Paper No. 1
Presentation Time: 1:00 PM


PULLIN, K. Leo, Geosciences, University of Arizona, 1040 E. 4th Street, Tucson, AZ 85719,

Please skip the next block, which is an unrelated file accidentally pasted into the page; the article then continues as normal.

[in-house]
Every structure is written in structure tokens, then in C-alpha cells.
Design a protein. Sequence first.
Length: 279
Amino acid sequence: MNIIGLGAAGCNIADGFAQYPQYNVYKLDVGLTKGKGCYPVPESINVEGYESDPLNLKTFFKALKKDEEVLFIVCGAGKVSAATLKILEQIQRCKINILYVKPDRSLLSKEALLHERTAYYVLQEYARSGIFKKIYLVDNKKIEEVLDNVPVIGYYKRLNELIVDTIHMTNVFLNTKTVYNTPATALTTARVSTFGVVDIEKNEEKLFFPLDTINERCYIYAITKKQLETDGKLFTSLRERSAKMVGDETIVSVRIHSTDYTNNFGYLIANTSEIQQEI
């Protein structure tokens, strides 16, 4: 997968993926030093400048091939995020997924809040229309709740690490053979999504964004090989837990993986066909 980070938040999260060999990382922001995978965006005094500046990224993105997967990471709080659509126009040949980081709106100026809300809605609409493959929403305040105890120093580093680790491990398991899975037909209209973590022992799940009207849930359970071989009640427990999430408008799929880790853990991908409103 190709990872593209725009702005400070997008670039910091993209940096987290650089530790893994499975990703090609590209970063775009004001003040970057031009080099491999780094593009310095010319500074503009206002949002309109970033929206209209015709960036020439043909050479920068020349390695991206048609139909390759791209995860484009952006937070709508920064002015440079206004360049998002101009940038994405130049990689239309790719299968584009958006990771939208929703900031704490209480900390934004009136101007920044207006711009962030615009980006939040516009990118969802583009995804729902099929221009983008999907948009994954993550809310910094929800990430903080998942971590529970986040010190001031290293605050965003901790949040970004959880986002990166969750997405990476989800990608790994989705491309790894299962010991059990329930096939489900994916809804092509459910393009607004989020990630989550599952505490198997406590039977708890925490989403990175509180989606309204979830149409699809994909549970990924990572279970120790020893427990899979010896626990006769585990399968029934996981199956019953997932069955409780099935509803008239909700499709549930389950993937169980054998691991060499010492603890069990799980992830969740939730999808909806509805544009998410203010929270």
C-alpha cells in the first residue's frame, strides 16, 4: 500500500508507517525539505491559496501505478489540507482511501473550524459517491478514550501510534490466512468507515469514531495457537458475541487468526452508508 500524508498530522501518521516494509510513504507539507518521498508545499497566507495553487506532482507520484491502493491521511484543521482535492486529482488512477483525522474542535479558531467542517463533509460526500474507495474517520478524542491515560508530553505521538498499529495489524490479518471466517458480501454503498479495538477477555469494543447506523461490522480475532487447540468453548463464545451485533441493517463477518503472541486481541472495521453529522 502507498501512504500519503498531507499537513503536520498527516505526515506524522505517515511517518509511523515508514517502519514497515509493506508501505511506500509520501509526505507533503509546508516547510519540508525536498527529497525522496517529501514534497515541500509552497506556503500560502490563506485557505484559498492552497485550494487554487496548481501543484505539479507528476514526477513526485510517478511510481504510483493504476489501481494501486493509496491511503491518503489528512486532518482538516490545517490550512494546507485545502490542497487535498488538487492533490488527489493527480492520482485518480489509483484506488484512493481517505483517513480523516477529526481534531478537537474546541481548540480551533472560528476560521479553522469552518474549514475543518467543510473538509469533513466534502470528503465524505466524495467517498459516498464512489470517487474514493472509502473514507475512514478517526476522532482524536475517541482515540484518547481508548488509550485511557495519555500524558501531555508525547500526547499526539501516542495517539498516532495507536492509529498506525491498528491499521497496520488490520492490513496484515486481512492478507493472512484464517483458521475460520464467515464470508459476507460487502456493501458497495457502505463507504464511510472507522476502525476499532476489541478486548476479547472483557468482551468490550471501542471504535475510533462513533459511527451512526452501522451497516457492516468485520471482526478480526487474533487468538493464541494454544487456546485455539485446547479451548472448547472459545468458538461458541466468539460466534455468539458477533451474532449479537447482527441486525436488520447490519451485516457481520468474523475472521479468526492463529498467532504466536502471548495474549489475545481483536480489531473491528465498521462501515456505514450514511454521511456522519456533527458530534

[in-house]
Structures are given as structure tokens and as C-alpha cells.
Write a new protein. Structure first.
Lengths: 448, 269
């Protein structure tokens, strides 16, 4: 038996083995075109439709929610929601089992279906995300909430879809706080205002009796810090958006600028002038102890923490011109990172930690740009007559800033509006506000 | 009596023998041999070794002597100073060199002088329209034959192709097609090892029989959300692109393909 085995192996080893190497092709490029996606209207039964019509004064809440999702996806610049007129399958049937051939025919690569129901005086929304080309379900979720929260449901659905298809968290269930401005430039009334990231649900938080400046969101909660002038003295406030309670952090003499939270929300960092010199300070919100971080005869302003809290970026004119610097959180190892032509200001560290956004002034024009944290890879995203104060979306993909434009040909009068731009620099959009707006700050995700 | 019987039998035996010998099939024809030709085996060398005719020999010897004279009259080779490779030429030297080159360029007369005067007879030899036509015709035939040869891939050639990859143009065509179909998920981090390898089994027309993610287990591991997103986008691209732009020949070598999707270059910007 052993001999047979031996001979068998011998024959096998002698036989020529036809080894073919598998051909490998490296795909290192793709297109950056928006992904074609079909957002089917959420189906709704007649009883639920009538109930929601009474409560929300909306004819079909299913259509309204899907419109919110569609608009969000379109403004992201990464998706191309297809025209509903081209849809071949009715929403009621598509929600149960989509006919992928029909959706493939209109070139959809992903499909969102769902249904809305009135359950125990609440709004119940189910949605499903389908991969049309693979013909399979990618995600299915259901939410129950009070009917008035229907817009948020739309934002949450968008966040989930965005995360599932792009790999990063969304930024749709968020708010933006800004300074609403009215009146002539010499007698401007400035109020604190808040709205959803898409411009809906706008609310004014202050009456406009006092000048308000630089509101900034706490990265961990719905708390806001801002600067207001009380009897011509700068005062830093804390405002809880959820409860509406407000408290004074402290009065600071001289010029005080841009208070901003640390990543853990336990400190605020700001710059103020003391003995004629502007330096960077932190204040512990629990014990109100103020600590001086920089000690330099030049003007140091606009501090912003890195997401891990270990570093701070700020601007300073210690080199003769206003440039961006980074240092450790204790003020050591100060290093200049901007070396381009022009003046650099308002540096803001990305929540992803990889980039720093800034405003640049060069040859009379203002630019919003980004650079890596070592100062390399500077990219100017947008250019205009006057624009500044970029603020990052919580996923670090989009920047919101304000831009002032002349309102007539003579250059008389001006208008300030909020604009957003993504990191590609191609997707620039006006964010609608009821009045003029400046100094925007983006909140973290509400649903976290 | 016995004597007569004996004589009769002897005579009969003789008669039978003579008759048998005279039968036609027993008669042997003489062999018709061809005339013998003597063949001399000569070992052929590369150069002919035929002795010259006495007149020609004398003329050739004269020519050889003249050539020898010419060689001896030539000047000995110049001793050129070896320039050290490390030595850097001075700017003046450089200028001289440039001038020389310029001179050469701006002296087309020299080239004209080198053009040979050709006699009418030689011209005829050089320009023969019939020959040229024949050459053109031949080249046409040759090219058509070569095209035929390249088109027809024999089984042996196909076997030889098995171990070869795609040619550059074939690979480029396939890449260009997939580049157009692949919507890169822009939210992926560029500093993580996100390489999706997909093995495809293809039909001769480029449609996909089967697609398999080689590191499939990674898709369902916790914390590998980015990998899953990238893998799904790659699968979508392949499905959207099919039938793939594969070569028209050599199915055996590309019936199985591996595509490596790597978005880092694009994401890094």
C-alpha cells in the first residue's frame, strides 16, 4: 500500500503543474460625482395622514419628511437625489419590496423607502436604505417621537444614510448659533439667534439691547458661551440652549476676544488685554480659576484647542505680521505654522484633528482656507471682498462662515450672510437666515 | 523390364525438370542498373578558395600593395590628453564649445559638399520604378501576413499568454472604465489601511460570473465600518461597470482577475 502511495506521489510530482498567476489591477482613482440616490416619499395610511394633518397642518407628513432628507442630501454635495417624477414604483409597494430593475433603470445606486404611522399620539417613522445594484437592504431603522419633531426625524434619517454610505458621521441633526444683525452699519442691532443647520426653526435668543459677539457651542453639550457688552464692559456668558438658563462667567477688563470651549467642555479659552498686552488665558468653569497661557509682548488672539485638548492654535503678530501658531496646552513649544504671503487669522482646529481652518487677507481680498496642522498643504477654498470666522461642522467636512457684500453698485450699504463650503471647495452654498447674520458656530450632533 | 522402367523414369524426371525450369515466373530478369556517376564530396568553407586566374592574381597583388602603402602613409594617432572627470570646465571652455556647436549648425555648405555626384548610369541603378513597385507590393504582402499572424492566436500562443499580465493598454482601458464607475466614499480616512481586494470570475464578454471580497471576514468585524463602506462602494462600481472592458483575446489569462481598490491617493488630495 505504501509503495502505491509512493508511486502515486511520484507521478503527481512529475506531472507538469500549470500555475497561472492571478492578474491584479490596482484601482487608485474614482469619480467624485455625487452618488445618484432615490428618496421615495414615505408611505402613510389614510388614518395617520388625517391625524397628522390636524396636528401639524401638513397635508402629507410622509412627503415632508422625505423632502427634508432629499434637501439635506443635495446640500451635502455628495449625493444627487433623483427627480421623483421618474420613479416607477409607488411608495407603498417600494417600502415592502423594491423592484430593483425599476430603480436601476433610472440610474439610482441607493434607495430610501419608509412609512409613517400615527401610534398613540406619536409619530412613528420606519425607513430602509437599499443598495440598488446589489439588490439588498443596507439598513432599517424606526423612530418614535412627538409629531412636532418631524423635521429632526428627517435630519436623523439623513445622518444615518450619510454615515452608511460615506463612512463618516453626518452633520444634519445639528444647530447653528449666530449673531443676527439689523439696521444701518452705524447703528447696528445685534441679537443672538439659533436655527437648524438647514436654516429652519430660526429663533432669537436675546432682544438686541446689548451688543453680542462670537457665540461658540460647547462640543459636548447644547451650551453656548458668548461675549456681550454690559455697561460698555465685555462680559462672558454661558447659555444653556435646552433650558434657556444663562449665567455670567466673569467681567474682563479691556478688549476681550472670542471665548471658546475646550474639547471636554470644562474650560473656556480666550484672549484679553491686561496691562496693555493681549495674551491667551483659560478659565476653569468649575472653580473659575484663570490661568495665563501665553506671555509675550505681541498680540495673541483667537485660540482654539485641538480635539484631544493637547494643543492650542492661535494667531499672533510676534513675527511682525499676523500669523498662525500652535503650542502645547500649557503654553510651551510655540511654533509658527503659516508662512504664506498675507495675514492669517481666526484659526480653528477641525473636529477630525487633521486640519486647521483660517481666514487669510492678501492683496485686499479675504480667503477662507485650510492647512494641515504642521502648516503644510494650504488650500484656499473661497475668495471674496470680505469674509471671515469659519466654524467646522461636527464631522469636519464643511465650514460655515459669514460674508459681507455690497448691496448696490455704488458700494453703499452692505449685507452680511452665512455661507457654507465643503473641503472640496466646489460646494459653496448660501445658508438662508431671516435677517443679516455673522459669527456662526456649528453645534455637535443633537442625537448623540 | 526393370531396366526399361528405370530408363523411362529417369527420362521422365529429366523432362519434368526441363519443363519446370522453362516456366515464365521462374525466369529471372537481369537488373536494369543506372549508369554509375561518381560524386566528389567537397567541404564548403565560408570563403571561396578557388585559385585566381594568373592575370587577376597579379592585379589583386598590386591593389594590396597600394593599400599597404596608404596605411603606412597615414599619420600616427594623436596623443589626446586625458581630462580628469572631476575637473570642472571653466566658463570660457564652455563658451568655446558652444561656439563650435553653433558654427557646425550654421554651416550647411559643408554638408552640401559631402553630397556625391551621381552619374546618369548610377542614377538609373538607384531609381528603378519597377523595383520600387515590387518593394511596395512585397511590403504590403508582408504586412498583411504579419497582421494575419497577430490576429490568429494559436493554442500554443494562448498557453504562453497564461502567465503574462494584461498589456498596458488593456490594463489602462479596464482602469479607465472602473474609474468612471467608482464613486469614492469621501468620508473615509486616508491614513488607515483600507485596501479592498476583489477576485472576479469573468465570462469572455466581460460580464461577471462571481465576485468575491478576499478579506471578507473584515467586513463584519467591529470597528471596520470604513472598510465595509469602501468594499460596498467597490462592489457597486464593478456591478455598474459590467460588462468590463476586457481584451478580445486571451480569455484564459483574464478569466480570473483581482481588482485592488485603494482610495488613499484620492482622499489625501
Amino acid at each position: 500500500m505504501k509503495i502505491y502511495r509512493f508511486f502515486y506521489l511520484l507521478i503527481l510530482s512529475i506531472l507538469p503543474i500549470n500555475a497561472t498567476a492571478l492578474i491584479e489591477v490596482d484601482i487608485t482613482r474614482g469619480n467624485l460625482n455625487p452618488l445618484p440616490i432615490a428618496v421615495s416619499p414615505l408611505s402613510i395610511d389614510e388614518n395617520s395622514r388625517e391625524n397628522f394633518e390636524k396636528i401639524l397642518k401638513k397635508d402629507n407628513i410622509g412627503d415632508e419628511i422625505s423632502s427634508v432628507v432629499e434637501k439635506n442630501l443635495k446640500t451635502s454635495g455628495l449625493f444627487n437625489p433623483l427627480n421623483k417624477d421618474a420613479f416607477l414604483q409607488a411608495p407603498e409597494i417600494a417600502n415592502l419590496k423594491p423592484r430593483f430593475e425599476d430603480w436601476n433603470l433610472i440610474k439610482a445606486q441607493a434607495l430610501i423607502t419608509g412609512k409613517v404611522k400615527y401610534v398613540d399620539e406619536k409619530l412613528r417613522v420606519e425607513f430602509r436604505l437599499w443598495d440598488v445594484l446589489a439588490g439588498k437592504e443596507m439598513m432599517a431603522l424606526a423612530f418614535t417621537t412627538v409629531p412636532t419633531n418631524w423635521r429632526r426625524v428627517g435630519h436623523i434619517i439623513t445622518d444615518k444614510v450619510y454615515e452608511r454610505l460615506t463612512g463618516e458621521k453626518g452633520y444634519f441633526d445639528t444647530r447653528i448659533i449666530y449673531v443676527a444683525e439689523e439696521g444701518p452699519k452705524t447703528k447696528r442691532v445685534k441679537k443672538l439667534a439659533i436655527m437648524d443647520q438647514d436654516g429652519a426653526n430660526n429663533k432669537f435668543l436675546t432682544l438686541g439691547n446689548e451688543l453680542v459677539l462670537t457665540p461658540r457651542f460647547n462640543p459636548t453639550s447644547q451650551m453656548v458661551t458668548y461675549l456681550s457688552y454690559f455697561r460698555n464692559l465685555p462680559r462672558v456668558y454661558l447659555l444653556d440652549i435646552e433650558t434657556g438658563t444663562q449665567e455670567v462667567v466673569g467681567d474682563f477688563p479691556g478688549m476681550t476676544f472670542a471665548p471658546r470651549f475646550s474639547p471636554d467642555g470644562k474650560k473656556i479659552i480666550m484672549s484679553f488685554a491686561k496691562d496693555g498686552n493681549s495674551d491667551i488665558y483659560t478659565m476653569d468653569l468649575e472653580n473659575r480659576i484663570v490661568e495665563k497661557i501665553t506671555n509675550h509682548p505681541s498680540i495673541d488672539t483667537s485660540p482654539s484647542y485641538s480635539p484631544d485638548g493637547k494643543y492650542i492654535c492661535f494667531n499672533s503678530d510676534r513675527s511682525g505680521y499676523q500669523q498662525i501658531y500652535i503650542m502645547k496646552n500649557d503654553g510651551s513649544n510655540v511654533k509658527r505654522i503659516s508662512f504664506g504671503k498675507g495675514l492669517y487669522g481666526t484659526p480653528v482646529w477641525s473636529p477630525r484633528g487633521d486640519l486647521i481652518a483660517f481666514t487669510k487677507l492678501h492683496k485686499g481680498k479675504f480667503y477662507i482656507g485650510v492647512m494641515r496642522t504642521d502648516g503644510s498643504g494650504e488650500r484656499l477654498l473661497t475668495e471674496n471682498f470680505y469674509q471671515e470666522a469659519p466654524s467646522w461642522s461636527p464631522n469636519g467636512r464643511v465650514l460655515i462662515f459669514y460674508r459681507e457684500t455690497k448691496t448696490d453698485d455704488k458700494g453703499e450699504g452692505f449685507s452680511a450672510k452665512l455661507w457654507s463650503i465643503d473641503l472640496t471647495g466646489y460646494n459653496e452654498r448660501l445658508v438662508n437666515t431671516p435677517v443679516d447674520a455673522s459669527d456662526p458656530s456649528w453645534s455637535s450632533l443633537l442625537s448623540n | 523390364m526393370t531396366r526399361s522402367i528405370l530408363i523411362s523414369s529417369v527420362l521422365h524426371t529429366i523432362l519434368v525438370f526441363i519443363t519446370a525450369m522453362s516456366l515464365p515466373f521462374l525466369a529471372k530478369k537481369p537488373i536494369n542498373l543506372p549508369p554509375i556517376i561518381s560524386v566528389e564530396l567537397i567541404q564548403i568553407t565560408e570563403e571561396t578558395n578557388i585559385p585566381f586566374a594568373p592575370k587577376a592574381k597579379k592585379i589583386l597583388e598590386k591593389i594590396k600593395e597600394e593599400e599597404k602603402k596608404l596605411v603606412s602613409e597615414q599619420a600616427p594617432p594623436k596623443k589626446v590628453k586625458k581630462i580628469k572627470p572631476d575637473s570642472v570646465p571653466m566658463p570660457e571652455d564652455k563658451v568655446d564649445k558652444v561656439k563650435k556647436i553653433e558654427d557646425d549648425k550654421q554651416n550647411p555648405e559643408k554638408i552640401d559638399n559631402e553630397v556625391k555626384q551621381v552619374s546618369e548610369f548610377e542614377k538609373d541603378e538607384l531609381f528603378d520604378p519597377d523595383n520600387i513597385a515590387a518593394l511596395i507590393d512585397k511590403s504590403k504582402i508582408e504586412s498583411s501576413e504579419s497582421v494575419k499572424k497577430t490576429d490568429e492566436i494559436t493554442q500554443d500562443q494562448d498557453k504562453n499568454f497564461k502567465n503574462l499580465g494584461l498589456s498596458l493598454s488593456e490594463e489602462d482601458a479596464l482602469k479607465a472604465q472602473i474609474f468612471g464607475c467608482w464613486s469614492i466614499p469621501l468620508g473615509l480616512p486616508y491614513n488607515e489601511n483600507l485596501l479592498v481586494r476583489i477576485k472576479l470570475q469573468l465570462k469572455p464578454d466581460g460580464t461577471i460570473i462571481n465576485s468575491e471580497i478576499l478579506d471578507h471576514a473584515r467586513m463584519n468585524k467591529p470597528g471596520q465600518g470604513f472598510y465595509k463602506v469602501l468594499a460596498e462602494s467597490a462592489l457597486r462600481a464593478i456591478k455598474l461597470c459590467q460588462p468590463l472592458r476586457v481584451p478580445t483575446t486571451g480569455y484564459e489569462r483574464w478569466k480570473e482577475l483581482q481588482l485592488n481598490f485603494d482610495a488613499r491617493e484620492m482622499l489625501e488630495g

New tools and methods such as confocal laser scanning microscopy (CLSM), micro-computed tomography (micro-CT) and advances in scanning electron microscopy are part of a current revolution in microscopy in biology, medicine and materials science. These techniques are slowly being adopted by paleontologists to supplement traditional light and electron microscopy. Critical times and ecosystems may be known from only a few fossils, and getting more information from limited specimens can bring new perspectives. Some of the new methods require less sample preparation, offer higher resolution and can obtain different types of information. CLSM or x-ray microscopy can sample rare fossils non-destructively, micro-CT can be used to create 3-D images of the internal morphology of critical specimens, and Raman spectroscopy can analyze the geochemistry of the fossil and matrix of controversial samples. New methods in paleontology will also require studies that correlate new and old microscopies with their resolution limits and artifacts to confirm the techniques and data. University microscopy centers in other disciplines have advanced instruments for paleontologists to explore bringing the microscopy revolution to the study of fossils.